Thousands of orange and black Monarch butterflies have started arriving in their winter home of central Mexico. Millions of the insects embark on an
Thousands of orange and black Monarch butterflies have started arriving in their winter home of central Mexico.
Millions of the insects embark on an arduous journey from as far north as Canada as part of an annual migration.
But their numbers have plummeted in recent years. Experts say that while an estimated one billion migrated to Mexico in 1996, that number stood at about 35 million last year.
Threats to the butterflies include habitat loss due to human activities, pesticides and climate change, according to experts.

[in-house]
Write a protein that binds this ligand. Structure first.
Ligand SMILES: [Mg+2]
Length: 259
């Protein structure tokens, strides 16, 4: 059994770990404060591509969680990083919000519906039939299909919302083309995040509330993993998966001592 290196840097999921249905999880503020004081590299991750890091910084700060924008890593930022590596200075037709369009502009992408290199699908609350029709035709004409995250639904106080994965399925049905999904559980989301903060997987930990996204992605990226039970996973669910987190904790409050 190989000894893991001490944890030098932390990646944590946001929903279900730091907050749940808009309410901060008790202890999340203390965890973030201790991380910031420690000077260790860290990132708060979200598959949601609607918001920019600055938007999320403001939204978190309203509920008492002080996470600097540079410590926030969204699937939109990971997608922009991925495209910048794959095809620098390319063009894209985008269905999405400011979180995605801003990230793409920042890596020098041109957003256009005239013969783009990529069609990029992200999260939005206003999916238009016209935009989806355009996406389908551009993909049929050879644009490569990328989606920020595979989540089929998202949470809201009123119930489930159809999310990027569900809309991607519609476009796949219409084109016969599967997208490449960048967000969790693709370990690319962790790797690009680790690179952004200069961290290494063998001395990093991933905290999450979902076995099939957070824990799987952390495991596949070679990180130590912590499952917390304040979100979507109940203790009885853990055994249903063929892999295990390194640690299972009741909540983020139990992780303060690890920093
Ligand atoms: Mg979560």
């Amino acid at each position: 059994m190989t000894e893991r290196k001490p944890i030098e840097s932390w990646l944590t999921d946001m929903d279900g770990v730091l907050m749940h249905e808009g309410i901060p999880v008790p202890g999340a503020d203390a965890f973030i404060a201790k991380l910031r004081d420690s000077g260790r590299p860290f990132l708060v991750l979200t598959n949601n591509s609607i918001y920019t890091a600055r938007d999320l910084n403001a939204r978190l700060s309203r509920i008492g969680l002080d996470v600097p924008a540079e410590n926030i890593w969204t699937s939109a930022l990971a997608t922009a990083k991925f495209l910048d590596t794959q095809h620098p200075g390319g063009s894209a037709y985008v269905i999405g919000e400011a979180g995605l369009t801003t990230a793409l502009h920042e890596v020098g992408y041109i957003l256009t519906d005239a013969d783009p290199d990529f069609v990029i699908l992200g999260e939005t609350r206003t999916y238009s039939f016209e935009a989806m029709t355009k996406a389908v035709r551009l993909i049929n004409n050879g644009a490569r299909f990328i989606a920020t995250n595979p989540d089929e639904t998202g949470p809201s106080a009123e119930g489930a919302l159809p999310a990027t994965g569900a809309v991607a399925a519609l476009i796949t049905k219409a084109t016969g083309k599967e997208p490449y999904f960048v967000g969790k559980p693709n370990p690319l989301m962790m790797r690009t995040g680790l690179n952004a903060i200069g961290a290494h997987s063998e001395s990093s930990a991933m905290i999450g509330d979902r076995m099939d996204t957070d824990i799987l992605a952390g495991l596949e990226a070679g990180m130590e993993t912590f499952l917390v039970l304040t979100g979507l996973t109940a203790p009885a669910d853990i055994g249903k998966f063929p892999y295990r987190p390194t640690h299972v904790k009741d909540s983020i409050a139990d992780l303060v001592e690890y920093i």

Scientists at the Ecosystems Research Centre (CIECO) at the National Autonomous University of Mexico (UNAM) in Morelia, have in recent years developed an organic fertilizer that is being spread throughout Mexico’s forests to protest the Monarchs.
The National Commission for Protected Natural Areas (CONANP) has also stepped up monitoring across woodland areas near the US border.